Zoe Tasia

Fiction Author

Month: May 2019

Dun an Doras by G Tarr

This book takes place in a village in Ireland where people are dying. A motley group including a werewolf, magpie, banshee, cop, and troll join to solve the murder mystery and find the culprit.

I love books that include mythology and folklore. This book has them in abundance. The story is intriguing and the characters well-described. I think my favorite was Enzo, the magpie. The addition of a sentient inanimate object tickled me.

Dun an Doras would have benefitted from extra editing. There were several places where I wasn’t sure who was speaking and I saw some head-hopping. This book has light scenes interspersed with very dark ones. The lighter ones allow the reader to get to know the characters better. The dark ones illustrate how dangerous and horrible their foe is.

I enjoyed the tale and am curious to see other books by the author.

Prelude (Borderlands Book 0) by Charles Gull

Prelude, Book 0 of the Borderlands series, is comparable to Grimmdark meets Bronzepunk—two subgenres I’m unfamiliar with. Loving fantasy, I was excited to try something completely different.

Between the forts, brave fighters, derring-dos, and circle-the-wagons vibes, this novella reminds me of the old frontier movies. (Quite a compliment, since I’m a big John Wayne fan.) The further the company travel, the more dire the danger. Will they all make it back? Will any of them? The vivid descriptions of the land and the monsters encountered paired with the first person, present tense point of view makes for an intense sense of urgency that works extremely well.

Gull caught me by surprise a couple of times with interesting plot twists. (Kudos, sir.) The world-building is top notch and the characters well fleshed out. The ending is a cliff-hanger, so I am anxious to read Book 1. I found Prelude a riveting tale of survival, conquest, and heroism and strongly recommend it.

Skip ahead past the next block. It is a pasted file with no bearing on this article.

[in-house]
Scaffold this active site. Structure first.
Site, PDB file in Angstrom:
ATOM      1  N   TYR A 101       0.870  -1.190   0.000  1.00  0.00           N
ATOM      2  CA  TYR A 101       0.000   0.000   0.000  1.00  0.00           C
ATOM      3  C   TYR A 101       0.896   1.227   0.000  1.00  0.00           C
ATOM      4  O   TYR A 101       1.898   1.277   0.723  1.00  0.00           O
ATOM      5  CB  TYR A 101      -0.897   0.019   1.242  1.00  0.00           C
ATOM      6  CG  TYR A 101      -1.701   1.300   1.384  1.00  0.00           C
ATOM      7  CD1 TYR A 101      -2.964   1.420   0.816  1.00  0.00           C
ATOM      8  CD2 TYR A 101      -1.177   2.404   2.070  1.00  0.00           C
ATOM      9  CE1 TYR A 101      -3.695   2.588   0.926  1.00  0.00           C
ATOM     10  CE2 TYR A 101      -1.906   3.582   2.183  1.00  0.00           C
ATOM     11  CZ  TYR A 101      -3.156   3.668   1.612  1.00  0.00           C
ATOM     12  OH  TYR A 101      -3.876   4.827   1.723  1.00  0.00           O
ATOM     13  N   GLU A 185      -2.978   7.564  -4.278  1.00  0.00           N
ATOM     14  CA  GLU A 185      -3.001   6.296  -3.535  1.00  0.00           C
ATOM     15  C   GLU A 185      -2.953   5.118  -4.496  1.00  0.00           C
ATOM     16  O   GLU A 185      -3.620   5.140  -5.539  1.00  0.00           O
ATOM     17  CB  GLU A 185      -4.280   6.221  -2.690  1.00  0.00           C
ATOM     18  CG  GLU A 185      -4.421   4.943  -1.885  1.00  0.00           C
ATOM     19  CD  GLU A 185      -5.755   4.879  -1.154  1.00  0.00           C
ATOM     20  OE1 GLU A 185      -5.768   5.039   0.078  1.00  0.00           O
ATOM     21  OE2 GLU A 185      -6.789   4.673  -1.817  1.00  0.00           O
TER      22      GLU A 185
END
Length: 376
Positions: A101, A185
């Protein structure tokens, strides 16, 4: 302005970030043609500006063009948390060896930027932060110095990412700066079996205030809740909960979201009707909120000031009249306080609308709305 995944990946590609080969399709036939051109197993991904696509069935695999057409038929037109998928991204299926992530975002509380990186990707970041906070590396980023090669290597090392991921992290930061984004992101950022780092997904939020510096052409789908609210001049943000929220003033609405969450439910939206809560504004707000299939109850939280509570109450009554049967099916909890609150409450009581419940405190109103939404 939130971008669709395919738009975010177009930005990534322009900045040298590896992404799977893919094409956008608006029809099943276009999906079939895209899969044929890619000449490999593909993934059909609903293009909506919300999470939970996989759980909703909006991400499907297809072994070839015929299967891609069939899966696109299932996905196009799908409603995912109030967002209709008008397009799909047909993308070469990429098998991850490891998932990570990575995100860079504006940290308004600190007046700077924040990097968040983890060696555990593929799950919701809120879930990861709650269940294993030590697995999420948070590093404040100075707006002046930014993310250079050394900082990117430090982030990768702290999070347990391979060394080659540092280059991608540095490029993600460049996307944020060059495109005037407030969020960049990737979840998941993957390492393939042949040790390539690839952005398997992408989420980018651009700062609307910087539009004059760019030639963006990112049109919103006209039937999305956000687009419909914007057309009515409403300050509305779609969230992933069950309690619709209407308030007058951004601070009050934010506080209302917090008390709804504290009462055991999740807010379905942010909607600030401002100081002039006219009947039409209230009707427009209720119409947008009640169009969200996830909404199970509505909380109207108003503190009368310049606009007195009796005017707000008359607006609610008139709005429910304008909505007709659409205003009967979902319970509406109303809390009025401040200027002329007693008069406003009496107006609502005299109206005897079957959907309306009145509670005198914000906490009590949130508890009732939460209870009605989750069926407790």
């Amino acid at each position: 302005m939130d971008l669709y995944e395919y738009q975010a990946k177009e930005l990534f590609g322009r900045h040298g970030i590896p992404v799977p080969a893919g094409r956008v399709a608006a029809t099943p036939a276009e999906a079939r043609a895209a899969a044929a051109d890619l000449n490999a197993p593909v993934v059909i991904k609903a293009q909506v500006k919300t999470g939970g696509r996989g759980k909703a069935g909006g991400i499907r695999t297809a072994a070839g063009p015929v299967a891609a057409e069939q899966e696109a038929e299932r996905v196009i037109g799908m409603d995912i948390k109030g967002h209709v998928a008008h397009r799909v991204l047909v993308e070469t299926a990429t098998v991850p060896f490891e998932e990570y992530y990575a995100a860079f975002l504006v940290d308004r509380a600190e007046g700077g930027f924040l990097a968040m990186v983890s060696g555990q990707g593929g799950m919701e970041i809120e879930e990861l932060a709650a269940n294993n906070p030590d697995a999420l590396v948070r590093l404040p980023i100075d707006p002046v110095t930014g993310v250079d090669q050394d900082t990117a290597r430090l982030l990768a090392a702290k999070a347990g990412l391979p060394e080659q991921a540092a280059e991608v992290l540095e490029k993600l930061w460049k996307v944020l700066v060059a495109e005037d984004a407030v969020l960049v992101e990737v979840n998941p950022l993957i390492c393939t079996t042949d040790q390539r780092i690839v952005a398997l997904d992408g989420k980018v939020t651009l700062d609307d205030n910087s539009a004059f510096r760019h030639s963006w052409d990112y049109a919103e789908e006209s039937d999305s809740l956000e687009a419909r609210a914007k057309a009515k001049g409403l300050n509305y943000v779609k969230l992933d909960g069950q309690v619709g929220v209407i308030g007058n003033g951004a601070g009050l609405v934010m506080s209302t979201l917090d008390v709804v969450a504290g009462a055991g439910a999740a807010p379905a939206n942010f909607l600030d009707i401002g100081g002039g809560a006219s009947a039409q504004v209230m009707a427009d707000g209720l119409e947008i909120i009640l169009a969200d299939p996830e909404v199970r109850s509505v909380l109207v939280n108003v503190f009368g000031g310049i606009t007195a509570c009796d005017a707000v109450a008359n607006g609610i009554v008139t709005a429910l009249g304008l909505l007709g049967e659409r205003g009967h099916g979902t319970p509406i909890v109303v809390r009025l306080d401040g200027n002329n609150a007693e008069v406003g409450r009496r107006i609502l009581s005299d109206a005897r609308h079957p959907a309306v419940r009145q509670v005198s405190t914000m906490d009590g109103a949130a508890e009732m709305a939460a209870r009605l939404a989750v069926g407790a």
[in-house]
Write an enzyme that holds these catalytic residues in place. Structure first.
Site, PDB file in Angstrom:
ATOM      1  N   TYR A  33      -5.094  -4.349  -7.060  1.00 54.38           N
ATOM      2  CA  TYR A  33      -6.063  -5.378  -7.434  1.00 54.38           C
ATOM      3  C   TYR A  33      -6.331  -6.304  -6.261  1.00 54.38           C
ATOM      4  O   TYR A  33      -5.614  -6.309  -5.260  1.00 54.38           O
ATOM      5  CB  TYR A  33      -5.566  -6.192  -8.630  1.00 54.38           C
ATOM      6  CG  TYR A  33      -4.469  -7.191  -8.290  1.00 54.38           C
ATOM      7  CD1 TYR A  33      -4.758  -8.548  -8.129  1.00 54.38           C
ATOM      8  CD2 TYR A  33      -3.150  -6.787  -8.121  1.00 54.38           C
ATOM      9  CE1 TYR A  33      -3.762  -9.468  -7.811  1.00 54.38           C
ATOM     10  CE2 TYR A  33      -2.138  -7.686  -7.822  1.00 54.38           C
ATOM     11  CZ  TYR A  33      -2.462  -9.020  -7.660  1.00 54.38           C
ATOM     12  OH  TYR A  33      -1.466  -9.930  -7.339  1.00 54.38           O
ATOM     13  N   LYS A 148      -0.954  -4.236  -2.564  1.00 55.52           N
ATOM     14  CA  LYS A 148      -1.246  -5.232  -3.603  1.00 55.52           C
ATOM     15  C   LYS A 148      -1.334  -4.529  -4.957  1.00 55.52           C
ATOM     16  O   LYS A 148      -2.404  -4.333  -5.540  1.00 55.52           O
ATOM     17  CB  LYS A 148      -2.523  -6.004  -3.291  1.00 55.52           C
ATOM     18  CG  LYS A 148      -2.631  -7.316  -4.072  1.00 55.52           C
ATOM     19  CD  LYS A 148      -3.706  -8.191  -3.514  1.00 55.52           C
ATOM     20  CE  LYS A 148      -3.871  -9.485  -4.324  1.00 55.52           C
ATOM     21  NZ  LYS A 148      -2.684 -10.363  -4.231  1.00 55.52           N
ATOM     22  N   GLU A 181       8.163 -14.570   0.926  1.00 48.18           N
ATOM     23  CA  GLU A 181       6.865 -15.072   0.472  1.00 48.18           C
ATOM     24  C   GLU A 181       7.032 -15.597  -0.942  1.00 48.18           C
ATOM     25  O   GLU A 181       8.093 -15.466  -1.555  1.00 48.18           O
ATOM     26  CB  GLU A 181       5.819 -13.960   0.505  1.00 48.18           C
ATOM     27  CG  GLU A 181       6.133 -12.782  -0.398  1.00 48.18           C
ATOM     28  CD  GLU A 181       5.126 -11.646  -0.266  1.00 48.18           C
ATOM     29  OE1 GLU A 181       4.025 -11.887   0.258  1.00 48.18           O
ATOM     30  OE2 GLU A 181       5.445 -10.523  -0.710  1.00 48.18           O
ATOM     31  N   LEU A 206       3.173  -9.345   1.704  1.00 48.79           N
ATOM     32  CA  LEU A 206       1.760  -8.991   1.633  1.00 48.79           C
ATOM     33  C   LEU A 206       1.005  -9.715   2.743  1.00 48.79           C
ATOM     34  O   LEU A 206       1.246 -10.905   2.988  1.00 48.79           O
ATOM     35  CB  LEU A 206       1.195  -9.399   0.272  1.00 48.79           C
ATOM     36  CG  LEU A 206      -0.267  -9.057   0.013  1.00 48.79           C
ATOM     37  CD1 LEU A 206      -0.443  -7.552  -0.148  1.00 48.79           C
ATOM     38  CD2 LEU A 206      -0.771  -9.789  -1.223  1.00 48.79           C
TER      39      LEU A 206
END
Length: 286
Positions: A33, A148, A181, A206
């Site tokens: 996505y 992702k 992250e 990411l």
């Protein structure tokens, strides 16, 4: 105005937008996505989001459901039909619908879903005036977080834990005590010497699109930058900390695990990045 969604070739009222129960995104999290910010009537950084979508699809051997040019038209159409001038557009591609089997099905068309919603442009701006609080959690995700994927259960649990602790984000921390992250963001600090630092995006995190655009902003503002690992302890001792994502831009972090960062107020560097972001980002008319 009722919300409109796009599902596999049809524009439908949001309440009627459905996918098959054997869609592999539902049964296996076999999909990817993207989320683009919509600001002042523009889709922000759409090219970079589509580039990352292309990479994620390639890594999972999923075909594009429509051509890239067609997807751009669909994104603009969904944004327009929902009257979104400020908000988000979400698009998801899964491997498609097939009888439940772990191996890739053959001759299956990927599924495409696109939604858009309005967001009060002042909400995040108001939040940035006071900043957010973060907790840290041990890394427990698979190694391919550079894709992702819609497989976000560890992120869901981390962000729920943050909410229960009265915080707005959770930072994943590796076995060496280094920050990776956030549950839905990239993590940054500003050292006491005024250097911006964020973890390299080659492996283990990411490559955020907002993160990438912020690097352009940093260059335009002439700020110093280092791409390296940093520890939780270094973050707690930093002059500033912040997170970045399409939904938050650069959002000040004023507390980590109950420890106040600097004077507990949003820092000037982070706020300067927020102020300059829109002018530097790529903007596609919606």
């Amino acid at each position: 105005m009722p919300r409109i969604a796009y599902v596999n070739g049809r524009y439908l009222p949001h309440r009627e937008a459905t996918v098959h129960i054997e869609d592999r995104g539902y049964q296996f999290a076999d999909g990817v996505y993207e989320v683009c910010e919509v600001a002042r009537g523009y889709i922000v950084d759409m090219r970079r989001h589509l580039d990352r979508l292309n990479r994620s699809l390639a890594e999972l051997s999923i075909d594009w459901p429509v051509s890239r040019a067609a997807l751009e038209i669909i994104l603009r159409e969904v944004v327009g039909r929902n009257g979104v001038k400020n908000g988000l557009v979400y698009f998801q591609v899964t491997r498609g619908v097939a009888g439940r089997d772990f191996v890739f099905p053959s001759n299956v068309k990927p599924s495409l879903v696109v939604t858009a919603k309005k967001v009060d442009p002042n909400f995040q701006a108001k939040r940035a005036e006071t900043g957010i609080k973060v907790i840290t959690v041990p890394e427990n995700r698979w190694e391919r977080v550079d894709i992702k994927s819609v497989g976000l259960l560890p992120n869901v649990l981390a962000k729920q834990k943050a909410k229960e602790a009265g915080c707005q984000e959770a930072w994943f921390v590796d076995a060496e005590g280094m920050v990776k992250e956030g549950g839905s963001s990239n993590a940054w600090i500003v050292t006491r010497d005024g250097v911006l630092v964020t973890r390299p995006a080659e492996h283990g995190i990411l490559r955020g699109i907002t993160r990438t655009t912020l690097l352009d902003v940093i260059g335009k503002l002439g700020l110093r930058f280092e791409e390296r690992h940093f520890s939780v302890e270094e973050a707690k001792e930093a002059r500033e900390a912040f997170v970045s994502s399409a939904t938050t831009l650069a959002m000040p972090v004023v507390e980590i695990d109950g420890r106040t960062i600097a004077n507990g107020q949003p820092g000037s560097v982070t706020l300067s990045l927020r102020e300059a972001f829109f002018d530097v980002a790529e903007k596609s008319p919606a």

Stone Storm by Jenna Moquin

During a blizzard, a man hears a scream. He finds a dead body outside his home. Rushing inside to call the police, he discovers the phone is as dead as the corpse bleeding out on the snow. As he waits out the storm, he hears noises. How can this be? He is alone—or is he?

Confession. I read this book on a bright sunshiny morning. Afterwards, I thought I heard the door upstairs creak. The murmur of voices. The rustle of curtains. This short story scared me so much that I had to search the house from top to bottom—TWICE.

Even without the Poe reference, EAP’s influence is abundantly evident. As a child, my cousin three grades ahead of me read the eerie short stories out loud. I felt that same shivers down the spine sensation when reading Stone Storm that I felt all those years ago.

Moquin has crafted an excellent horror, skillfully building the tension to a shocking revelation. I’m no newbie to this genre, so believe me when I warn you, don’t read this at night.

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